The Online Evolution of BU Athletics

A small university jumps into sports social media and live broadcasting

Project by Chad Mullen and Cort Brennan     |     Published May 18, 2016

In the past few years, Baker University has significantly improved its online live streaming with sporting events so families, friends and even some former players can watch all of the action.

For example, Kyle Pattrick, a Baker graduate who played on the baseball team, likes to watch the live streams of baseball games and other sporting events whenever he can. He currently is a graduate assistant at Wichita State University. He said the live streams of the games are of good quality a majority of the time.

Baker hasn’t always had the convenience of being able to live stream games on the Baker Athletics website. Current Baker Sports Information Director Tyler Price has been the driving force for sports media in BU athletics.

Prior to Price arriving in 2012, Baker only provided live video streaming for football, soccer and basketball online. Currently, Baker supplies live video streaming for football, soccer, volleyball, basketball, baseball, softball and wrestling. This year Baker even experimented with streaming a home track meet at Liston Stadium.

Baseball and softball, among others, never had any coverage whatsoever before 2012. These sports have now had live stats online along with video during games for the past three years.

Price acknowledges that internet connectivity has been the key.

“It’s amazing what adding internet can do. And that’s all we did,” Price said. “We just supplied really nice, fast, hard-line internet to all of these venues, and that really changed everything.”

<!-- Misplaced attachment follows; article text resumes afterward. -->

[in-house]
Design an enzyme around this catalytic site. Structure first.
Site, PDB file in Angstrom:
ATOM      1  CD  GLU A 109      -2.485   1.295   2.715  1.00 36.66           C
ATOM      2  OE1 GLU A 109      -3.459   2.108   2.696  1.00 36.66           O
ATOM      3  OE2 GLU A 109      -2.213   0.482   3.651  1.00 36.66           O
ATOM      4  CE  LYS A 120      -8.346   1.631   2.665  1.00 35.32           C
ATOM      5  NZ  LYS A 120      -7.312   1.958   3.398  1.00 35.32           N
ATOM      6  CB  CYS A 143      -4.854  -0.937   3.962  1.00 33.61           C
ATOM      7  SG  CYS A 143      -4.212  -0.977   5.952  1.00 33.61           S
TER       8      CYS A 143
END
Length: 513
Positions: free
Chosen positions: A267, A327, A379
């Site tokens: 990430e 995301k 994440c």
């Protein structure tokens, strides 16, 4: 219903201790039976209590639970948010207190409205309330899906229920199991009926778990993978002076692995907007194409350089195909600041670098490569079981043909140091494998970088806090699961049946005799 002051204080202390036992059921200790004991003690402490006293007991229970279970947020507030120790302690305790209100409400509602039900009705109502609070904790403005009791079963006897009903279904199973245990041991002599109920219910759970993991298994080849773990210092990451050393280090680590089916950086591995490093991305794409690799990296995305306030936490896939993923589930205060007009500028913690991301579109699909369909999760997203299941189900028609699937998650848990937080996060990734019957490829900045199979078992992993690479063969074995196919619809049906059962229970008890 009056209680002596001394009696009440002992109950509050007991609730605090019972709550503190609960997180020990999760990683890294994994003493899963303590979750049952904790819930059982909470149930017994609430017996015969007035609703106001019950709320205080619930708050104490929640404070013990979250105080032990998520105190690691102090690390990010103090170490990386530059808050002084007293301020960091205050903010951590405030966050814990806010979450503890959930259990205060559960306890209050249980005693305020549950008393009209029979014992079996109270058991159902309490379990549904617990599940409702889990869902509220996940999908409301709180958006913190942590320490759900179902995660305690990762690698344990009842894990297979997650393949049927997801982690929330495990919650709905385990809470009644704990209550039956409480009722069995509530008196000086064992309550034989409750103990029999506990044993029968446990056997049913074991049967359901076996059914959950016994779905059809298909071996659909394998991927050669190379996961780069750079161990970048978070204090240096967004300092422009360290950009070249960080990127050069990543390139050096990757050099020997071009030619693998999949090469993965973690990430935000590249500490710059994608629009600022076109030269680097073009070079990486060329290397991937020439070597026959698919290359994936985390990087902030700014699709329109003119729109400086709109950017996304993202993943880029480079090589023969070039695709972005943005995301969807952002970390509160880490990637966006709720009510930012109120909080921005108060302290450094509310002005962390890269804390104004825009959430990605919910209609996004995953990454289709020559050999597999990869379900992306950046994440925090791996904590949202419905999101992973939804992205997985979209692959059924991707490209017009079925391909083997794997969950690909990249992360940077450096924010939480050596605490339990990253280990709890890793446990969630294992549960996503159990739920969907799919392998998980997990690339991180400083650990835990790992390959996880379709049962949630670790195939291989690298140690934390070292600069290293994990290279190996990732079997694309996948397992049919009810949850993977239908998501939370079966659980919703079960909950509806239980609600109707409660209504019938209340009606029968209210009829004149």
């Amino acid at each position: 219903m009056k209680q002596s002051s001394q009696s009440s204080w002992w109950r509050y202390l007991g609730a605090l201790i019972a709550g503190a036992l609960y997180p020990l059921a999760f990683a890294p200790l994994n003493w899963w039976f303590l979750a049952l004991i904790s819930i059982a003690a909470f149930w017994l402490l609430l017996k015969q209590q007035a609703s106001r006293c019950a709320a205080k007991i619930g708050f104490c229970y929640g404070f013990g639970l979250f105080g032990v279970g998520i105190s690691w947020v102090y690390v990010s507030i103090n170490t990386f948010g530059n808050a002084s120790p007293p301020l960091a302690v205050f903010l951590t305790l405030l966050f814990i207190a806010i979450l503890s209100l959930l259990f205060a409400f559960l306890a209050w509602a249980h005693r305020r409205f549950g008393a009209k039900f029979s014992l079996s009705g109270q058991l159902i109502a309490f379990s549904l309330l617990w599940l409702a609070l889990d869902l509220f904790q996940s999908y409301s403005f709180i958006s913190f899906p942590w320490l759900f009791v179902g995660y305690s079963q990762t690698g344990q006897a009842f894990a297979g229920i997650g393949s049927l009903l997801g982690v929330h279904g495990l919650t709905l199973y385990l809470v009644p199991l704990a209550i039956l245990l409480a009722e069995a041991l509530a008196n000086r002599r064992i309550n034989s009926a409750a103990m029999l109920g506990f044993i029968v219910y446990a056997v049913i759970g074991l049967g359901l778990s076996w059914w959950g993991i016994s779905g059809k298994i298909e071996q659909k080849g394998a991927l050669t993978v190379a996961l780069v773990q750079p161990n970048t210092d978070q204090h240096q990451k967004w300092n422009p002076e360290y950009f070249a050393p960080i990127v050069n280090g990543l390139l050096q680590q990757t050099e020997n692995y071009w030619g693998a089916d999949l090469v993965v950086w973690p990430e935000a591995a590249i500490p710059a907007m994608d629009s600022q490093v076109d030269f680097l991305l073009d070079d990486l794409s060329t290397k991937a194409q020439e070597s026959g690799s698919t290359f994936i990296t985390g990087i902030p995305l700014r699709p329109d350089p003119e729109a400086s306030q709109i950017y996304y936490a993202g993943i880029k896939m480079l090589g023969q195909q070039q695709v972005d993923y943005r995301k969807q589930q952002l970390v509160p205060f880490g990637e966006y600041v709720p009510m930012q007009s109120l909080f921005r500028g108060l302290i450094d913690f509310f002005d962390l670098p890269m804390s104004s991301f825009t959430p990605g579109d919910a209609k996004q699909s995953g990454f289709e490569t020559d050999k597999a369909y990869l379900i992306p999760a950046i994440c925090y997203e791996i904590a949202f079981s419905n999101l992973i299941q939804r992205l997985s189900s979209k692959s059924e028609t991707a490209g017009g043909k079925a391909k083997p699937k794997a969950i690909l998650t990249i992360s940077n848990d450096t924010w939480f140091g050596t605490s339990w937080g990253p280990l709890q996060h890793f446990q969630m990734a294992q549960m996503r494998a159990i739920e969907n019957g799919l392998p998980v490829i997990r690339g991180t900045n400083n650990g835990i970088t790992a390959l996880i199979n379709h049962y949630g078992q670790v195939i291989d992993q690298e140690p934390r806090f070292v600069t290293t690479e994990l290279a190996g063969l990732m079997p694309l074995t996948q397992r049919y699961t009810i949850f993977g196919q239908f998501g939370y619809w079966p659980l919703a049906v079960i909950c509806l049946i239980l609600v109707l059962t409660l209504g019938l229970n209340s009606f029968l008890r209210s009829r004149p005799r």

In the past four years Baker has expanded live coverage of at least stats to almost all of the 19 varsity sports on campus. The first online video stream of a Baker football game was around 2009. This school year Baker had multiple football and women's basketball games broadcast on ESPN3, the online ESPN network.

Price recognizes that there still is room for improvement. With video streaming, Price believes that they could enhance the online viewing experience by adding more cameras to all home playing fields.

“To really take it to the next level, we could use a multi-camera system for the sporting events,” Price said. “Have a camera on the field for football, a camera on the court for basketball, just to get a better vantage point of the action.”

Baker currently has only one camera system used for online streaming. This is problematic from a coverage standpoint because home games occasionally coincide with each other. The camera can only be at one venue during one specific time, so if the baseball and softball teams are playing at the same time, only one of those games is being streamed online.

One of Pattrick's concerns is that sometimes there is no audio or commentary, just the game itself. He also noted that at times the stats shown adjacent to the video are incorrect, but that the overall production usually is effective.

Despite limitations in equipment and available technology, a close look at the BU sports media timeline over the past few years suggests that the athletic department is making a continued investment in bringing updated content to Baker sports fans online though live stats, live audio and live video streaming.